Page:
Evaluating an int does not cause any side effects. However, if used on more complex types, the evaluation may does cause side effects. An expression like the following:

ILArray<double> A = 1;
A += 2;

… evaluates to something similiar to this:

ILArray<double> A = 1;
A = (ILArray<double>)(A + 2); 

There is nothing wrong with that! A += 2 will work as expected. Problems arise, if we include indexers on A:

ILArray<double> A = ILMath.rand(1,10);
A[0] += 2;
// this transforms to something similar to the following:
var receiver = A;
var index = (ILRetArray<double>)0;
receiver[index] = receiver[index] + 2; 

In order to understand what exactly is going on here, we need to take a look at the definition of indexers on ILArray:

public ILRetArray<ElementType> this[params ILBaseArray[] range] { ...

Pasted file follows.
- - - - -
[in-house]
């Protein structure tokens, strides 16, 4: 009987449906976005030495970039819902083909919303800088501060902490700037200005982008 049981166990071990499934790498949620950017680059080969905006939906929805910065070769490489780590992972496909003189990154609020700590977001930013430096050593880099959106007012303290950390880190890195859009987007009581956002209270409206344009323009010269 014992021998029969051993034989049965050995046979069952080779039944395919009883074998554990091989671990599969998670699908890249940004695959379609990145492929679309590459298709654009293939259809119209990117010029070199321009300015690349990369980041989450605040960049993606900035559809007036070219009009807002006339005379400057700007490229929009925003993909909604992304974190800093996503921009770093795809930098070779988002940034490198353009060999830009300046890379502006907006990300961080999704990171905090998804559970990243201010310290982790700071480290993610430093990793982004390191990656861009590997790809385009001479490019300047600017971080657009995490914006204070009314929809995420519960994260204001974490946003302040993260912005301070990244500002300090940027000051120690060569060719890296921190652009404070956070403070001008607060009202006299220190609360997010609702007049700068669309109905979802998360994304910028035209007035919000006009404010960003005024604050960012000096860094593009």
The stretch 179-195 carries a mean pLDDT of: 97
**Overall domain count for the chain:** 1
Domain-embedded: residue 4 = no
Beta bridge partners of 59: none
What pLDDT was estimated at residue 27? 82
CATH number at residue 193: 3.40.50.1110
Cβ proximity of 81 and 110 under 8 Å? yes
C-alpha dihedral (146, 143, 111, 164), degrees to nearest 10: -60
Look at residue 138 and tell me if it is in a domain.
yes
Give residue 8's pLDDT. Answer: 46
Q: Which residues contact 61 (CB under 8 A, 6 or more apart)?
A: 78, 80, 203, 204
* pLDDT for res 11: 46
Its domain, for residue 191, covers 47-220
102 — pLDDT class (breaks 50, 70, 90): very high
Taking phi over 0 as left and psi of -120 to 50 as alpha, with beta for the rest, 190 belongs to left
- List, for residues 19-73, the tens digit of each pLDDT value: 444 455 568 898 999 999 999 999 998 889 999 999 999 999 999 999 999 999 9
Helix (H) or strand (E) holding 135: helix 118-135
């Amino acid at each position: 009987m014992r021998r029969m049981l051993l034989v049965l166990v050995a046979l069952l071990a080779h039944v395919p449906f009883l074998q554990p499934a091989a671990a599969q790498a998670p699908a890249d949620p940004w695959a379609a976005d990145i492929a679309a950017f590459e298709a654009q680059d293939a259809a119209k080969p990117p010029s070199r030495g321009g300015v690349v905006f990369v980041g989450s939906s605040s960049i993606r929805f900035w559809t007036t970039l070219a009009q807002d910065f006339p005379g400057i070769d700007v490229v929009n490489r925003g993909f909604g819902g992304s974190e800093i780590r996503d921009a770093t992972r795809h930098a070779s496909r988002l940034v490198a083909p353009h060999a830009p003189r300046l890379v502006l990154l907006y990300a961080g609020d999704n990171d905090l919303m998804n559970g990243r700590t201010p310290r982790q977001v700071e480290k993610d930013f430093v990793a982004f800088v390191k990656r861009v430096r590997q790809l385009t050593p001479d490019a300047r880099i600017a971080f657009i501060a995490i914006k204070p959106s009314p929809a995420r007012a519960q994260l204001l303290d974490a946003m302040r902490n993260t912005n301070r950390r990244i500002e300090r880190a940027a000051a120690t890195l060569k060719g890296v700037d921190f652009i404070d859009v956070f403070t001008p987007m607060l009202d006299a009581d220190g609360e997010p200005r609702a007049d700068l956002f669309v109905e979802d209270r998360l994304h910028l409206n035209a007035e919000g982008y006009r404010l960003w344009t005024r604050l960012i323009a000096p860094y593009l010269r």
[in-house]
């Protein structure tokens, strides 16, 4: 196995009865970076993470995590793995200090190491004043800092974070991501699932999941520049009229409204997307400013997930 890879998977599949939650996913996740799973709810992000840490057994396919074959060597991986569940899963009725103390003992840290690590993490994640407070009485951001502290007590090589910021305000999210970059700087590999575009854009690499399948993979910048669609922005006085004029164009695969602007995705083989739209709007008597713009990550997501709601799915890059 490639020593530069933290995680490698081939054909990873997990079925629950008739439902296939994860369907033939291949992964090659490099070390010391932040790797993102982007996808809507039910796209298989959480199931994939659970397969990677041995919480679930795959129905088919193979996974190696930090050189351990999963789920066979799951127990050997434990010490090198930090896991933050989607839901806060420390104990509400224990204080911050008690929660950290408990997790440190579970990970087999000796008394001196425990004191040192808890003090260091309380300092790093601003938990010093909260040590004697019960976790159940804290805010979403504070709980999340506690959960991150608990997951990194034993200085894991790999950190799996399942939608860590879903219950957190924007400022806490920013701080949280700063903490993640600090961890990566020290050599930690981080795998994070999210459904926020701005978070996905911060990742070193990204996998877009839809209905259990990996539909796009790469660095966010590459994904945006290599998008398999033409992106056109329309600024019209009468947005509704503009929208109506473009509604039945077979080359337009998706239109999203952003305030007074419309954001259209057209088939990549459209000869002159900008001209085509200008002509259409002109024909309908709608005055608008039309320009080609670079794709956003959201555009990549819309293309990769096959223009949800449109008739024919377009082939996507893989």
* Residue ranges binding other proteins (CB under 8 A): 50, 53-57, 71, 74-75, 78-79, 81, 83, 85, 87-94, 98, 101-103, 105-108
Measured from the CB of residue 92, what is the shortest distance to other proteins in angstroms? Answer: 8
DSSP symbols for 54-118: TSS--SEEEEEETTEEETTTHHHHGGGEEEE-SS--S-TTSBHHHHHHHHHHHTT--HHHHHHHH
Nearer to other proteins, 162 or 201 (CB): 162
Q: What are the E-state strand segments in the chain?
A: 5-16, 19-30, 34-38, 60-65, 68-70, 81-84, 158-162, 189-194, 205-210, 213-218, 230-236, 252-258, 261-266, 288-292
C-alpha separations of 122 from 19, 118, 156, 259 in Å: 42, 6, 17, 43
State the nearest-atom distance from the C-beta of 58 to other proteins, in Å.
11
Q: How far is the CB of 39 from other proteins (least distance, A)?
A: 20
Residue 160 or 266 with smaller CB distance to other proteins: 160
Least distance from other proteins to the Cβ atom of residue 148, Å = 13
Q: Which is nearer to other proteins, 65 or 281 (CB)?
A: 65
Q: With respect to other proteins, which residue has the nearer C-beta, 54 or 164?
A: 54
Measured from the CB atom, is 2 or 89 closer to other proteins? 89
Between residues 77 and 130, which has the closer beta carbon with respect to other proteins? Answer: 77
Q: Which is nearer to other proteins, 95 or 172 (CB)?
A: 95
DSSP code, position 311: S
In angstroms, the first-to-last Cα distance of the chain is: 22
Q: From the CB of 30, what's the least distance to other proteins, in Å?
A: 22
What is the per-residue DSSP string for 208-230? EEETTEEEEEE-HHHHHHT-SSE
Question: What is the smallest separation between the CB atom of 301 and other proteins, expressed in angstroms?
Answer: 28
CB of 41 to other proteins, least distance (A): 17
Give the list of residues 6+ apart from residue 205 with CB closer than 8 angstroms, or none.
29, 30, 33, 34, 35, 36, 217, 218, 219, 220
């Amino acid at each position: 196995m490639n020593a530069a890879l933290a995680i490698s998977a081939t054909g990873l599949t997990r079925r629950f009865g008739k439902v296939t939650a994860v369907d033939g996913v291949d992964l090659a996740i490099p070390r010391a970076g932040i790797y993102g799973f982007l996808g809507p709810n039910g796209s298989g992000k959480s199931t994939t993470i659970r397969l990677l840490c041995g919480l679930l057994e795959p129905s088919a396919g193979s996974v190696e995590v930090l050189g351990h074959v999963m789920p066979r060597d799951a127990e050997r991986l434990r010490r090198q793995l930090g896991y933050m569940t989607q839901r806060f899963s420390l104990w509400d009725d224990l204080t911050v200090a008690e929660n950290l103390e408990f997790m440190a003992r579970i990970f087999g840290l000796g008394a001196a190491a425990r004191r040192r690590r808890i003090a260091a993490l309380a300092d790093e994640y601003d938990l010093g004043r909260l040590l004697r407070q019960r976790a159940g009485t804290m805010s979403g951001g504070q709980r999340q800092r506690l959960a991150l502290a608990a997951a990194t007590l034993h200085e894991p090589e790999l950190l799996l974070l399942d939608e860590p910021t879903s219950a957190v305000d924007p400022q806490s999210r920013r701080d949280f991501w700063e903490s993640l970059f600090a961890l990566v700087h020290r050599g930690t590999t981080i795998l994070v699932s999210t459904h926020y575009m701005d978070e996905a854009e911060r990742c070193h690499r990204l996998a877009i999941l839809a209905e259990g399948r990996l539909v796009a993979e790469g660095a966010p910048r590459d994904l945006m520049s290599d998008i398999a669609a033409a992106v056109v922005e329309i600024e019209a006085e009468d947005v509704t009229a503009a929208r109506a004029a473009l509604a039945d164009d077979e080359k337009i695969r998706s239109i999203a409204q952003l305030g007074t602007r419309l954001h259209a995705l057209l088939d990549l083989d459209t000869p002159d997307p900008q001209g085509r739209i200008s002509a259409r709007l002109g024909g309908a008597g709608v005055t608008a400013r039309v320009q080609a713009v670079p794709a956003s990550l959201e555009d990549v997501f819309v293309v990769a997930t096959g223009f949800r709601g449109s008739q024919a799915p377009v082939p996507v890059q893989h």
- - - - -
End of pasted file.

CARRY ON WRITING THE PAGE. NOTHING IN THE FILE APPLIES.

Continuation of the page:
The indexer expects a variable length array of ILBaseArray. This gives most flexibility for defining subarrays in ILNumerics. Indexers allow not only scalars of builtin system types as in our example, but arbitrary ILArray and string definitions. In the expression A[0], 0 is implicitly converted to a scalar ILNumerics array before the indexer is invoked. Thus, a temporary array is created as argument. Keep in mind, due to the memory management of ILNumerics, all such implicitly created temporary arrays are immediately disposed off after the first use.